Speaker calls Gove "unparliamentary"

Janet Downs's picture
This comment on Twitter says that the speaker condemned Mr Gove's behaviour as "unparliamentary" today.

Does anyone have any info on this? I've tried BBC Listen Again for Parliament this afternoon, but the session with questions to Mr Gove is unavailable.

This is not the first time that the Speaker has censured Mr Gove's behaviour in the House. During the EMA debate, Mr Gove lost his temper and shouted at fellow MPs to "Sit down!". The Speaker had to remind him that it was up to the Speaker to tell MPs when to sit down, not the Sec of State for Education.
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Janet Downs's picture
Tue, 08/02/2011 - 08:17

I looked at Hansard for 7 Feb and found no reference to the Twitter comment about the Speaker and Mr Gove. Seems that the accusation was not accurate this time.

Tom's picture
Tue, 08/02/2011 - 08:39

Well, the BBC seem to think he did:


"Speaker John Bercow was asked to rule on whether Mr Gove was allowed to use the phrase "rank hypocrisy" to refer to Labour MPs.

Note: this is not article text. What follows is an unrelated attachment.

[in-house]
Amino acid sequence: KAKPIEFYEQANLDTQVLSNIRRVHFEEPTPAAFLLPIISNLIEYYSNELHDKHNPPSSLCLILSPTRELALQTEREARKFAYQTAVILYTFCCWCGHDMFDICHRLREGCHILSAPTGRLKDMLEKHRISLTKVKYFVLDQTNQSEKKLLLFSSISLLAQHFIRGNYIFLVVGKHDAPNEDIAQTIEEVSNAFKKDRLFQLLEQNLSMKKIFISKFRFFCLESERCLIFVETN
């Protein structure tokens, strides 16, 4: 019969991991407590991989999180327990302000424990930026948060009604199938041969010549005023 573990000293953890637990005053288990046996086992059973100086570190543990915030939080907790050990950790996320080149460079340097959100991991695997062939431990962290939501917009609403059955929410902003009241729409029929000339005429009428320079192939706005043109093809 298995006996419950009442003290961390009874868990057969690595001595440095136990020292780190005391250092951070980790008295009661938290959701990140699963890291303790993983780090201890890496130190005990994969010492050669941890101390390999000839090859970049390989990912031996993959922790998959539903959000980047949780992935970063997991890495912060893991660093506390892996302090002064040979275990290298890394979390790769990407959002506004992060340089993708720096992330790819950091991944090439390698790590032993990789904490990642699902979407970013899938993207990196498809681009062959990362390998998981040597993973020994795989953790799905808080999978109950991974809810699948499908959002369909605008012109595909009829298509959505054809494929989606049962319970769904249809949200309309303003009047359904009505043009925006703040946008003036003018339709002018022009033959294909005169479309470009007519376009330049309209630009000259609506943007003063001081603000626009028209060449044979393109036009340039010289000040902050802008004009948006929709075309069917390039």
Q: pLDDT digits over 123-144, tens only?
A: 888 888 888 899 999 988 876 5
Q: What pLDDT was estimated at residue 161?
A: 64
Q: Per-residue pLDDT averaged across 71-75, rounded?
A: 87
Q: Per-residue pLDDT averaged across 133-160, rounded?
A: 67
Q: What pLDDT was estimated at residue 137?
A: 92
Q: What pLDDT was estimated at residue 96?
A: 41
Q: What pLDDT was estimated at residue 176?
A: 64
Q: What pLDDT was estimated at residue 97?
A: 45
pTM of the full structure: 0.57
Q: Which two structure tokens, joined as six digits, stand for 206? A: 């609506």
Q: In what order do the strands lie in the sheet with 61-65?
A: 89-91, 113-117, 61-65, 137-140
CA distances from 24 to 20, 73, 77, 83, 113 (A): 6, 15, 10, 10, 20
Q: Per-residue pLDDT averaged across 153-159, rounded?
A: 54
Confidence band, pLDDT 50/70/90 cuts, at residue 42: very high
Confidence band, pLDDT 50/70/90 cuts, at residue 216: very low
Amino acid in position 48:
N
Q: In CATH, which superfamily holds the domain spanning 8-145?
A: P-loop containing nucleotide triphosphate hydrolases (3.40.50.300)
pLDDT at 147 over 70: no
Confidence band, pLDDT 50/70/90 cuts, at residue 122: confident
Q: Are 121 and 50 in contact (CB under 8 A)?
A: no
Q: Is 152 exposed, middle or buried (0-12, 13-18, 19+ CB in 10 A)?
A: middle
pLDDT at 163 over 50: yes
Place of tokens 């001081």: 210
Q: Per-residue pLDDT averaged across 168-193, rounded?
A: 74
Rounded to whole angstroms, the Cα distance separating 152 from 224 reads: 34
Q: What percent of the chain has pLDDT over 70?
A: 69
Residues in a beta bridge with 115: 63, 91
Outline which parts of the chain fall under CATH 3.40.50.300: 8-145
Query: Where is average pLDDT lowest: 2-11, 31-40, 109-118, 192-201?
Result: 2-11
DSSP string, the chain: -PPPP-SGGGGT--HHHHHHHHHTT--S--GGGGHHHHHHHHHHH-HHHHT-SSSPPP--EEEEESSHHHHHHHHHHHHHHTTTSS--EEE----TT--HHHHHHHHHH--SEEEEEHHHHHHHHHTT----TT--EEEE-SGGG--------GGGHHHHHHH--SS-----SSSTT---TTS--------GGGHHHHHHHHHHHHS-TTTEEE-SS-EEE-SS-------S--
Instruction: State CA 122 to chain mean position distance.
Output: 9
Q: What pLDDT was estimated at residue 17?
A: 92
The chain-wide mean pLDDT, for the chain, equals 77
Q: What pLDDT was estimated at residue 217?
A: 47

Labour's Kevin Brennan said, if it was allowed, his party would like to use it more to refer to the government.

The Speaker said using it to describe what an MP had said was unparliamentary "and should be withdrawn"."

Hansard backs this up, with Mr. Brennan's point of order here:


Mr. Speaker's reply ends thus:

"I have had the record checked, and the words about which the hon. Gentleman complains appear in the draft Official Report at the end of the answer
It is indeed unparliamentary for any Member of the House to suggest that another Member is a hypocrite or has said something hypocritical.
The term "rank hypocrisy", when directed at what another Member has said, is unparliamentary and should be withdrawn. I hope that is clear."

I'd say that was fairly clear.

Janet Downs's picture
Tue, 08/02/2011 - 17:42

Thanks for that. I had only read the section in Hansard when they discussed schools. It didn't occur to me to search further. The exchange between Andy Burnham and Mr Gove was illuminating:

Mr Burnham: "Are you really saying to young people and employers today that dead languages are more important than business studies, engineering, ICT, music and RE?," he said.

Mr Gove replied: "I am surprised you have the brass neck to stand here and say working-class children shouldn't study modern foreign languages, shouldn't study science, shouldn't study history and shouldn't study geography?"

Mr Burnham was suggesting nothing of the sort, and Mr Gove avoided answering Mr Burnham's question.

Tom's picture
Tue, 08/02/2011 - 21:09

"Mr Gove avoided answering Mr Burnham’s question."

Mr. Gove does this rather a lot. It's his own special contribution to the Coalition's openness and transparency agenda.

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